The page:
Deruluft

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Deruluft
Founded November 24, 1921 (1921-11-24)
Commenced operations May 1, 1922 (1922-05-01)
Ceased operations March 31, 1937 (1937-03-31)
A Deruluft Dornier Merkur at the opening of Stettin Airstrip 1927. Second from left Stockholm Municipal commissioner Yngve Larsson.

Deruluft (Deutsch-Russische Luftverkehrs A.G., or Deruluft) was a joint Soviet-German airline, established on 11 November 1921.[1] Deruluft opened its first permanent airlink between Moscow and Königsberg (via Kaunas and Smolensk) on 1 May 1922.[1] It started a new route between Berlin and Leningrad (via Tallinn) on 6 June 1928, and maintained both routes until 31 March 1936. Deruluft was a successful business but terminated on 31 March 1937 due to the changed political situation.

Business[edit]

Deruluft handled mainly post and goods. An overview of transported persons, mail and freight from 1922 to 1931:[2]

Year Flown distance Persons Freight Mail
1922 174.768 km 338 17,915 t 1.047 kg
1923 215.480 km 382 23,487 t 1.589 kg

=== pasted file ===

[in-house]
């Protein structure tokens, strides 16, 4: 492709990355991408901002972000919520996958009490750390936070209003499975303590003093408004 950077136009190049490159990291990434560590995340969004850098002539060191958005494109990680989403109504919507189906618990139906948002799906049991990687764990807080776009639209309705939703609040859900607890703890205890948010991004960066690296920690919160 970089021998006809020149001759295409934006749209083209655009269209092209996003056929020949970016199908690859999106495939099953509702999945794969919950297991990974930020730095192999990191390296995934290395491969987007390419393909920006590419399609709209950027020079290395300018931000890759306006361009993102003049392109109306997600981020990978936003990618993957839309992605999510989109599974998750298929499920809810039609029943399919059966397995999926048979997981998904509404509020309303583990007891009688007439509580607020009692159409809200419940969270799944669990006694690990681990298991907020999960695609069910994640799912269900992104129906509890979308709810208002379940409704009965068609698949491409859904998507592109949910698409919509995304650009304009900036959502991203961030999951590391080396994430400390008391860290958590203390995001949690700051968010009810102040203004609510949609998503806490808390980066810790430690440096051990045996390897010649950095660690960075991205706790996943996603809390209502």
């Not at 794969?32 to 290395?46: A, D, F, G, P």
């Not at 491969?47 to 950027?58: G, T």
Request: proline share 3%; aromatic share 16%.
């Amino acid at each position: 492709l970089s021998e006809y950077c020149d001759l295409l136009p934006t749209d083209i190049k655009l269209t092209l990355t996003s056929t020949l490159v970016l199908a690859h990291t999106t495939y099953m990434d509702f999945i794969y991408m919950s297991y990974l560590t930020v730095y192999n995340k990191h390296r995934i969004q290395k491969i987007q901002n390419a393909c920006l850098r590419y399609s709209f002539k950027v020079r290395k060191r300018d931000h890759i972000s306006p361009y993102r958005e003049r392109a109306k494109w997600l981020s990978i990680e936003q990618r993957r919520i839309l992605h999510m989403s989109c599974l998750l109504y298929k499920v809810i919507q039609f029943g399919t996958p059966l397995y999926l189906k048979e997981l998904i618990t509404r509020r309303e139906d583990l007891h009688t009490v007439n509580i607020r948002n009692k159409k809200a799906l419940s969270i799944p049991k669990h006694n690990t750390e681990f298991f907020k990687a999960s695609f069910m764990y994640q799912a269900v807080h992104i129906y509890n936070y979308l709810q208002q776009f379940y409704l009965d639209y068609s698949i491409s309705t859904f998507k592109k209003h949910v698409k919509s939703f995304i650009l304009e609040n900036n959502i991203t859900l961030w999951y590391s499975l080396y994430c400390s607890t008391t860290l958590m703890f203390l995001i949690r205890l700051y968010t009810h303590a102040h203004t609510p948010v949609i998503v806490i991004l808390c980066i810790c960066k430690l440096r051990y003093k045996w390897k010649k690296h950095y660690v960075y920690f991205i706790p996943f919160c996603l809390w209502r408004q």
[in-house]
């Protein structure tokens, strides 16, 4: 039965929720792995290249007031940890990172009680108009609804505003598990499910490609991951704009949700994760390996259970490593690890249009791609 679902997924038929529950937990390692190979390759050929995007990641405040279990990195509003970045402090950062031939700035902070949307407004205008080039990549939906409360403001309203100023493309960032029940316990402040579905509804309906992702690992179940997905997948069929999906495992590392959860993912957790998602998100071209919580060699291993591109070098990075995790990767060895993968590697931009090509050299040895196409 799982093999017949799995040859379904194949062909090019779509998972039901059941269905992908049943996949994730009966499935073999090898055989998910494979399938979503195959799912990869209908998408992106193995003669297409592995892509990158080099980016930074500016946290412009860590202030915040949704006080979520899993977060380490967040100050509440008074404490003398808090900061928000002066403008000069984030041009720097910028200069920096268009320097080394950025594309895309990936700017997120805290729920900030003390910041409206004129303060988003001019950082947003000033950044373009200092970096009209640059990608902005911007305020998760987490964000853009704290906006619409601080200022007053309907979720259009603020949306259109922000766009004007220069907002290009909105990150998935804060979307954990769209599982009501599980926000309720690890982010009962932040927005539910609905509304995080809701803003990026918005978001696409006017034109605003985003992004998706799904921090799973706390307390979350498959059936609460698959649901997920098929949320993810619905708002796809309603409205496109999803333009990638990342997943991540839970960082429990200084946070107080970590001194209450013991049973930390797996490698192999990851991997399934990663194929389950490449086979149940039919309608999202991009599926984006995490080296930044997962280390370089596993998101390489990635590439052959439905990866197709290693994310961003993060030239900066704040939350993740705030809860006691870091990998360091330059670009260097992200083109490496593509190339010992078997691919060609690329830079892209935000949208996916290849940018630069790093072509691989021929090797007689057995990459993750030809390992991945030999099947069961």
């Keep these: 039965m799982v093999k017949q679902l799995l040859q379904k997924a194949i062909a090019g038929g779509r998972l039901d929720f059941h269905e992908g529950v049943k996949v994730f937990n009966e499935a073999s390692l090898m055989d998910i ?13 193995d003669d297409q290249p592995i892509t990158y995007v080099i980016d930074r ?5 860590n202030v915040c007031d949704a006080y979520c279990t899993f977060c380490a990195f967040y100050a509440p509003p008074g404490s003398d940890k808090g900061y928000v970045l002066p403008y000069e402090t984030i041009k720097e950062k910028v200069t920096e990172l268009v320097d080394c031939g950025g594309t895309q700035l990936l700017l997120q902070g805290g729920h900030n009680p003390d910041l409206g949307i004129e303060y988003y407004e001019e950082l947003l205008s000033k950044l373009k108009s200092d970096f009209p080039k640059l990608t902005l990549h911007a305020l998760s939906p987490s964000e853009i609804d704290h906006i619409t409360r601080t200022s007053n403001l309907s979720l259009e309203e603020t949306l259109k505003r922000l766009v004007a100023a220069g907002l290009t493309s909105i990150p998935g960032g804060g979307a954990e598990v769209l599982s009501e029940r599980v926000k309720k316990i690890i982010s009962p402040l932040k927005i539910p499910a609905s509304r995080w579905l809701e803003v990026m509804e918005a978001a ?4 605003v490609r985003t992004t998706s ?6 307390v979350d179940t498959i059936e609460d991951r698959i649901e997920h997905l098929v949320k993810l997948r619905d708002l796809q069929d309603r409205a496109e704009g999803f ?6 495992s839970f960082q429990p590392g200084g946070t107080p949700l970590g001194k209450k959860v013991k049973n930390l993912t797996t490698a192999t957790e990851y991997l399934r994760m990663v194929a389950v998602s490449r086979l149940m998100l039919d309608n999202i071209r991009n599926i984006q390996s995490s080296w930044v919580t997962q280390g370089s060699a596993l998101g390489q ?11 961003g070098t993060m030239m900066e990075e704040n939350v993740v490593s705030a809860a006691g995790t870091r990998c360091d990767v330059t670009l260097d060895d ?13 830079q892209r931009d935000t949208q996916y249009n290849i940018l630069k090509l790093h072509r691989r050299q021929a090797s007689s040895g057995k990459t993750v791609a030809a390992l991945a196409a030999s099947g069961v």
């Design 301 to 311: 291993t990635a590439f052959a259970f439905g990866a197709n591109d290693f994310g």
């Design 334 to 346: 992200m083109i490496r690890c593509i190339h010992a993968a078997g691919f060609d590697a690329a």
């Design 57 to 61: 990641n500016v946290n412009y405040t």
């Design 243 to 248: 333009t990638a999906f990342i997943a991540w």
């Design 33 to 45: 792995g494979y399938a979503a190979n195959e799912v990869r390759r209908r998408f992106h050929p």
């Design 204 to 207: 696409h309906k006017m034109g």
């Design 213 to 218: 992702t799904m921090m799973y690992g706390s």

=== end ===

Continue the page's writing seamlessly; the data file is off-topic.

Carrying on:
1924 352.786 km 552 34,519 t 2.382 kg
1925 492.237 km 1.463 54,059 t 5.410 kg
1926 514.185 km 1.192 25,892 t 10.733 kg
1927 630.542 km 1.809 49,694 t 25.574 kg
1928 790.465 km 2.510 69,886 t 27.992 kg
1929 839.655 km 2.692 75,238 t 16.711 kg
1930 950.512 km 2.947 62,351 t 27.244 kg
1931 945.317 km 3.660 87,690 t 29.060 kg

Fleet[edit]

Most of the aircraft used were German, and so was its organization, at least until the 1930s. Its first aircraft were Dutch-built Fokker F.III's. Later German Junkers F13's were added to the fleet. At first, Deruluft carried only mail and officials, but on 27 August 1922 the service was opened to the public. From 1929 onwards the early Fokker F.III's were replaced by Dornier Merkur's. Early 1931 the Tupolev ANT-9 was added.

Accidents and incidents[edit]

  • On 31 January 1935, a Junkers Ju-52/3mge (D-AREN) crashed into a hill in rain and fog near Stettin, Germany (now Szczecin, Poland) en route to Berlin from Moscow, killing all 11 on board.[3]
  • On 7 March 1935, a Rohrbach Ro VIII Roland II (D-AJYP, Schönberg) crashed at Schievelbein, Germany due to structural failure, killing three.[4]
  • On 6 December 1936, a Tupolev ANT-9 (CCCP-D311) crashed near Moscow due to pilot error, killing nine of 14 on board.[5]

References[edit]

  1. ^ a b Allaz, Camille. History of Air Cargo and Airmail from the 18th Century.Christopher Foyle Publishing, 2005. p. 139. ISBN 9780954889609
  2. ^ Karl-Heinz Eyermann, Wolfgang Sellenthin: Der Luftverkehr der UdSSR. Gesellschaft für DSF, 1967, S. 6
  3. ^ Accident description for D-AREN at the Aviation Safety Network. Retrieved on 15 December 2012.
  4. ^ "D-AJYP accident description". Retrieved 5 December 2013. 
  5. ^ "CCCP-D311 accident description". Retrieved 5 December 2013. 

R.E.G. Davies, Aeroflot: An Illustrated History of the World's Largest Airline, 1992.

External links[edit]